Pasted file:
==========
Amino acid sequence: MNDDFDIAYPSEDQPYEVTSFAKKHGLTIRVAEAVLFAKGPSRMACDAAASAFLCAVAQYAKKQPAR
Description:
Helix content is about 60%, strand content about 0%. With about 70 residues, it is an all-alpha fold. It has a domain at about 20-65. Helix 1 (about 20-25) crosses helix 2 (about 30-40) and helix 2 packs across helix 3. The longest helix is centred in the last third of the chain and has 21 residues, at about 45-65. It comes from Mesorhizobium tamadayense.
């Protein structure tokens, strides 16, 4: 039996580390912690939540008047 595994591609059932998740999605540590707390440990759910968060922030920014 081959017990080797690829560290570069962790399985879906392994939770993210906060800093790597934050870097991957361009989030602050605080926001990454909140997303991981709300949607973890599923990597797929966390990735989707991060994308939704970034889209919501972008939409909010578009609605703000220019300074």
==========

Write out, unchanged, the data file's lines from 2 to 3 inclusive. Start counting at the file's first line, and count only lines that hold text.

Description:
Helix content is about 60%, strand content about 0%. With about 70 residues, it is an all-alpha fold. It has a domain at about 20-65. Helix 1 (about 20-25) crosses helix 2 (about 30-40) and helix 2 packs across helix 3. The longest helix is centred in the last third of the chain and has 21 residues, at about 45-65. It comes from Mesorhizobium tamadayense.